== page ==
Native American tribes share their success stories using geographic information systems (GIS) technology. A new book from Esri tells the stories of how Native American tribes use geographic information system (GIS) technology to help manage and govern their sovereign nations.
Tribal GIS: Supporting Native American Decision-Making, Second Edition, details how dozens of tribal governments have used GIS for projects such as conserving and protecting the environment, monitoring and managing infrastructure and natural resources, preserving history and culture, studying health issues, and planning how best to use ancestral lands. Most of the stories are told by staff from tribes such as the Chickasaw Nation, the Navajo Nation, the Confederated Tribes of Siletz Indians, the Seminole Tribe of Florida, the Agua Caliente Band of Cahuilla Indians, and Fond du Lac Band of Lake Superior Chippewa.
Tribal governments were some of the earliest adopters of GIS. Tribal leaders understand that the technology is critical for managing information and finding solutions to complex issues, according to Esri president Jack Dangermond. "GIS has become a common platform for problem solving by helping tribes organize and analyze data, as well as collaborate and communicate on countless issues," Dangermond wrote in the book's foreword.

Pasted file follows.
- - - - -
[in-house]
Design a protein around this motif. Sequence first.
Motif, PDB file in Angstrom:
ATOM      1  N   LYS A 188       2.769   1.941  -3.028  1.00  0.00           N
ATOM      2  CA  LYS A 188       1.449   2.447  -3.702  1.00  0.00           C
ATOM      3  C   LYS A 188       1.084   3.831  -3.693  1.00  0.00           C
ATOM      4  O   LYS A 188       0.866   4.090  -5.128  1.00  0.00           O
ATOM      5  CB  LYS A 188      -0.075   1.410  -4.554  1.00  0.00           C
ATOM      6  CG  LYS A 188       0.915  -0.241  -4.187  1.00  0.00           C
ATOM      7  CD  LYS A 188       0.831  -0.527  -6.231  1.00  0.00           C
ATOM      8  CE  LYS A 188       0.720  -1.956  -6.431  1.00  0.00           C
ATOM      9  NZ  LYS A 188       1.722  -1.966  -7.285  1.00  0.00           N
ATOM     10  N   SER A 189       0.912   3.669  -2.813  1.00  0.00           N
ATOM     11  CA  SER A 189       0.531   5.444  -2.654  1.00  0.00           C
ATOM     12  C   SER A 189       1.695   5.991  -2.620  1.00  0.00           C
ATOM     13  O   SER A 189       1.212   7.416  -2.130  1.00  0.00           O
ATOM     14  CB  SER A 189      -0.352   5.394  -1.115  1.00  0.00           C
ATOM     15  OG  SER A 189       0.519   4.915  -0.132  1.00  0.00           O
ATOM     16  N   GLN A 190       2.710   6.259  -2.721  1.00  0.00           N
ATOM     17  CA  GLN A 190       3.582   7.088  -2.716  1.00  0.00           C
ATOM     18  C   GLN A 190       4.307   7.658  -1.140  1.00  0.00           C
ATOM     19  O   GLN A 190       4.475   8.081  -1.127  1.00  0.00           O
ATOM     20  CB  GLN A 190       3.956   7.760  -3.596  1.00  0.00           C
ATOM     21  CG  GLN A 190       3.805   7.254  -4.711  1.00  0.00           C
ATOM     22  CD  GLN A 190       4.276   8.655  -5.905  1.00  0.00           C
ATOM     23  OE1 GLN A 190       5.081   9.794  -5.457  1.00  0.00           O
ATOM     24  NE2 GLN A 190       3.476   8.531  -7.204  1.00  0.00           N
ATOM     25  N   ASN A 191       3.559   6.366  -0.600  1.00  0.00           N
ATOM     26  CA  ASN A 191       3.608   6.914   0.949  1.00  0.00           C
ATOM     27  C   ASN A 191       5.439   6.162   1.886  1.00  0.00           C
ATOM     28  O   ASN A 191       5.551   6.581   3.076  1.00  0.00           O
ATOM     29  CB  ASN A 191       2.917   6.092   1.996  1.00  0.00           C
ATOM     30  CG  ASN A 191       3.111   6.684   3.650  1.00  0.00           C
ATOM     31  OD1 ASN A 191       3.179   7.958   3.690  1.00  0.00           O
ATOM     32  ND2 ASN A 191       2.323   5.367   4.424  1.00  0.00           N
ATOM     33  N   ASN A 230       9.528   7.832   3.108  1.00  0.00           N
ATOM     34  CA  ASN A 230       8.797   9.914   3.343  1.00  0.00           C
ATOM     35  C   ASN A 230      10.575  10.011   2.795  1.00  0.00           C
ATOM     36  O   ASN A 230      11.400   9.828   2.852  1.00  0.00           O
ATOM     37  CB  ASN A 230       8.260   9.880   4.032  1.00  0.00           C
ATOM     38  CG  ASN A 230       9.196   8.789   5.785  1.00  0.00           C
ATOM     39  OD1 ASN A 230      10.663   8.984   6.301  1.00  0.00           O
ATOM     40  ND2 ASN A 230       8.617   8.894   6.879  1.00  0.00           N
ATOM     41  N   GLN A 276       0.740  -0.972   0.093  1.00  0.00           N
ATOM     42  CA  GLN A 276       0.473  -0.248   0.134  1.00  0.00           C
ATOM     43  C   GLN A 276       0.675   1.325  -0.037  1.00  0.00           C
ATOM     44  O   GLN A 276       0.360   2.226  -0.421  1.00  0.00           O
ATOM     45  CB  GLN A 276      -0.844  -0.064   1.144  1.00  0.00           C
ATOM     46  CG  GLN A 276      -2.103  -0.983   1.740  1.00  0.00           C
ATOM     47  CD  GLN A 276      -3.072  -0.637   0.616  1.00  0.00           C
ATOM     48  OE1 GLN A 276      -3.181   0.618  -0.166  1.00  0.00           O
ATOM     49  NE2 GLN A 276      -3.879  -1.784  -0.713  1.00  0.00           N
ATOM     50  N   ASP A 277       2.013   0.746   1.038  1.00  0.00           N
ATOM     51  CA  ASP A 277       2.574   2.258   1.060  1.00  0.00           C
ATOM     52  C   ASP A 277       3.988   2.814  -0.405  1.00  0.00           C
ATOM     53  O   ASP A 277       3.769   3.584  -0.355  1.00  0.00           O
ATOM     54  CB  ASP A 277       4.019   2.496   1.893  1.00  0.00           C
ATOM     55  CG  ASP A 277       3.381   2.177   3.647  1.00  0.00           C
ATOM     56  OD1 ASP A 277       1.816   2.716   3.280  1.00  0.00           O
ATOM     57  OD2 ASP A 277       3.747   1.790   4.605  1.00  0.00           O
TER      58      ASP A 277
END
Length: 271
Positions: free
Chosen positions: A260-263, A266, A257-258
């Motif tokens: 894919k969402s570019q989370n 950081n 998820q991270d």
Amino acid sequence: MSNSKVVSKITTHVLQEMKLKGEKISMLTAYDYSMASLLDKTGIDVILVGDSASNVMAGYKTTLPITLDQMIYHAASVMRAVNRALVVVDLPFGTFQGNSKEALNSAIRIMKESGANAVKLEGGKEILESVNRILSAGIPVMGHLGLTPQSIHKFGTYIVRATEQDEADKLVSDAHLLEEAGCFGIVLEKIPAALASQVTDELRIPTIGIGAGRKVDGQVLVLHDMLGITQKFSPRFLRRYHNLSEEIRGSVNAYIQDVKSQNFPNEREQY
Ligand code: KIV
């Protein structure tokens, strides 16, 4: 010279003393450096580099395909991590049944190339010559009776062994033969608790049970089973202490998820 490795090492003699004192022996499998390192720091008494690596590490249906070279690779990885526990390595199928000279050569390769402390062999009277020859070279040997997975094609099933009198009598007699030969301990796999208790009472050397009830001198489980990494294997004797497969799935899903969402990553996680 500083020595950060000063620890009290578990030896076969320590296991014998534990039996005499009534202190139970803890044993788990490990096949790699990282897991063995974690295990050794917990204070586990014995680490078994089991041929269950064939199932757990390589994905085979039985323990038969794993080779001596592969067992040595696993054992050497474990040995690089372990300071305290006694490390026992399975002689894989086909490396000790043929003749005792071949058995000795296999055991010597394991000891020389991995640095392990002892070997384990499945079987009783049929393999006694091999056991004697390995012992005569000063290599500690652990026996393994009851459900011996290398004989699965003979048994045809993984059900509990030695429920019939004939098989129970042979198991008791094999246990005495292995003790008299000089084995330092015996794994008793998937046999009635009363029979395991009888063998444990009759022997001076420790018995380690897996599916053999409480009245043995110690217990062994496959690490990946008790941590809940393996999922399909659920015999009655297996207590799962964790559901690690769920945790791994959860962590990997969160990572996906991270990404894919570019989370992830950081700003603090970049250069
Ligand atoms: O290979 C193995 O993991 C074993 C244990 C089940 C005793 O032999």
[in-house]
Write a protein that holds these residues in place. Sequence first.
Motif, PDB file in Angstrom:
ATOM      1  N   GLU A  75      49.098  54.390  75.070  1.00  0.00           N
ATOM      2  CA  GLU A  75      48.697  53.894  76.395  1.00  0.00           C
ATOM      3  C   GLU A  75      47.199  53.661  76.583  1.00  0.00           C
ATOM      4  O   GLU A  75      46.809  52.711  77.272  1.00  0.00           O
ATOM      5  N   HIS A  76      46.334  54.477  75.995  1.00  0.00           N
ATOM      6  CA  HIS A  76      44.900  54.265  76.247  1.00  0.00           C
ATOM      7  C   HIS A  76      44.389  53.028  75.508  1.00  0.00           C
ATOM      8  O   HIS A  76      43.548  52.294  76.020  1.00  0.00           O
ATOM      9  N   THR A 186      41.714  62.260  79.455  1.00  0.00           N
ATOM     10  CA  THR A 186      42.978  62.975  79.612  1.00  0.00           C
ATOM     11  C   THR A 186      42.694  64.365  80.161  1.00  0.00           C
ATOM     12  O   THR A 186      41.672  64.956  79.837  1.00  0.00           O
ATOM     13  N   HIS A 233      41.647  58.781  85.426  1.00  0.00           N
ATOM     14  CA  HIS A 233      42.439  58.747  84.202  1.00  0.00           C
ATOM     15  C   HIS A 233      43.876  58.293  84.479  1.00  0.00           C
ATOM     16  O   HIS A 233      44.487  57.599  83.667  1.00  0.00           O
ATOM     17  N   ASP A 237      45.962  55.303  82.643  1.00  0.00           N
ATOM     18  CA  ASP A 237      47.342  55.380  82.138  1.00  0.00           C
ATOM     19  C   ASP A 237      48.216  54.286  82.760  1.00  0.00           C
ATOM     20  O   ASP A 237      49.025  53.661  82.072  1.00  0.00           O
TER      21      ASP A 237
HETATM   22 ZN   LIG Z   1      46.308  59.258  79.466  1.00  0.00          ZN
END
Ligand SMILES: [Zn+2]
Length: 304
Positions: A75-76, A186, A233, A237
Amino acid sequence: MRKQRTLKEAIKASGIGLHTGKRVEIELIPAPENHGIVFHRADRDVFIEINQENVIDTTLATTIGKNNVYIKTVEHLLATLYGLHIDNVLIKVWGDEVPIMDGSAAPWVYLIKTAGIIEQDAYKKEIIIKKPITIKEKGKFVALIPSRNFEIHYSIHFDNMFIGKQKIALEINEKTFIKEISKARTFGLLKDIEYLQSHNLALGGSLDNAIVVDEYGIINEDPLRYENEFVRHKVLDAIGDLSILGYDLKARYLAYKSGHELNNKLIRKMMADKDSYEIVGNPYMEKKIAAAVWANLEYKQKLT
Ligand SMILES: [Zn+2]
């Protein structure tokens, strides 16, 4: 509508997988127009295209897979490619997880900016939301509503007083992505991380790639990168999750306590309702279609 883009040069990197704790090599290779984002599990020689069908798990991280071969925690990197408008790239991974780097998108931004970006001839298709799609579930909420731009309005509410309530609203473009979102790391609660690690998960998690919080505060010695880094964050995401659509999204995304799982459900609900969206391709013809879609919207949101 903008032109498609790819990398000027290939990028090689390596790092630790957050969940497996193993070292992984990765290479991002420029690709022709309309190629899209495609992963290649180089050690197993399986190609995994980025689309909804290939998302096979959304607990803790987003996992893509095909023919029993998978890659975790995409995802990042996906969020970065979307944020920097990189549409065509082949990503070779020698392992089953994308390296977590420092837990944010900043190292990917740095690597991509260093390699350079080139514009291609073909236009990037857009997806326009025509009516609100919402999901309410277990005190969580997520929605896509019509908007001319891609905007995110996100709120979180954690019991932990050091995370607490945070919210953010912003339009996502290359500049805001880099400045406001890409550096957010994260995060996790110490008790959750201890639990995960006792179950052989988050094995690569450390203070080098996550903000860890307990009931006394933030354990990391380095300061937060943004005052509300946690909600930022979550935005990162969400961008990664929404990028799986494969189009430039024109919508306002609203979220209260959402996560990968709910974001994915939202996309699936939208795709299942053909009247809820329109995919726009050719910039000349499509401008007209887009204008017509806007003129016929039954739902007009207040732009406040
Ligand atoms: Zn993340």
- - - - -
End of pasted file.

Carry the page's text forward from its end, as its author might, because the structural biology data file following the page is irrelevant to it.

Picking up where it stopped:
Tribes have used GIS to conduct road inventories, manage and protect archaeological sites, plan economic development projects, and analyze and visualize health data. For example, the Pechanga Band of Luiseño Indians in the Temecula Valley in Southern California used GIS in a successful effort to preserve land of cultural importance to the tribe, preventing that area from being developed into a rock quarry. In Montana, the Fort Peck Assiniboine and Sioux Tribes used GIS to study an asthma problem in its community.
The book contains many more success stories including those in the chapter "New Applications of GIS," which describes how tribal governments are taking advantage of the latest geospatial technology including Web GIS, 3D GIS, Esri Story Maps apps, and ready-to-use field data collection apps. The Chickasaw Nation in Oklahoma, for example, created a digital mapping system that helps route police officers and first responders to emergency calls more efficiently. Officers can access maps using iPads or computers in their patrol cars.
Native Americans also are authoring story maps to educate people about language, culture, and tourism and recreational opportunities. The Agua Caliente Band of Cahuilla Indians created story maps to showcase its public golf courses and the Tahquitz Canyon Trail in Palm Springs, California. And James Rattling Leaf of Rattling Leaf Consulting, LLC, headquartered in South Dakota, worked with Esri to author the Lakota Language: Lakota Wicowoyake Canku owapi story map, which teaches people how to pronounce common words, such as house, hill, lake, road, and tree, in Lakota.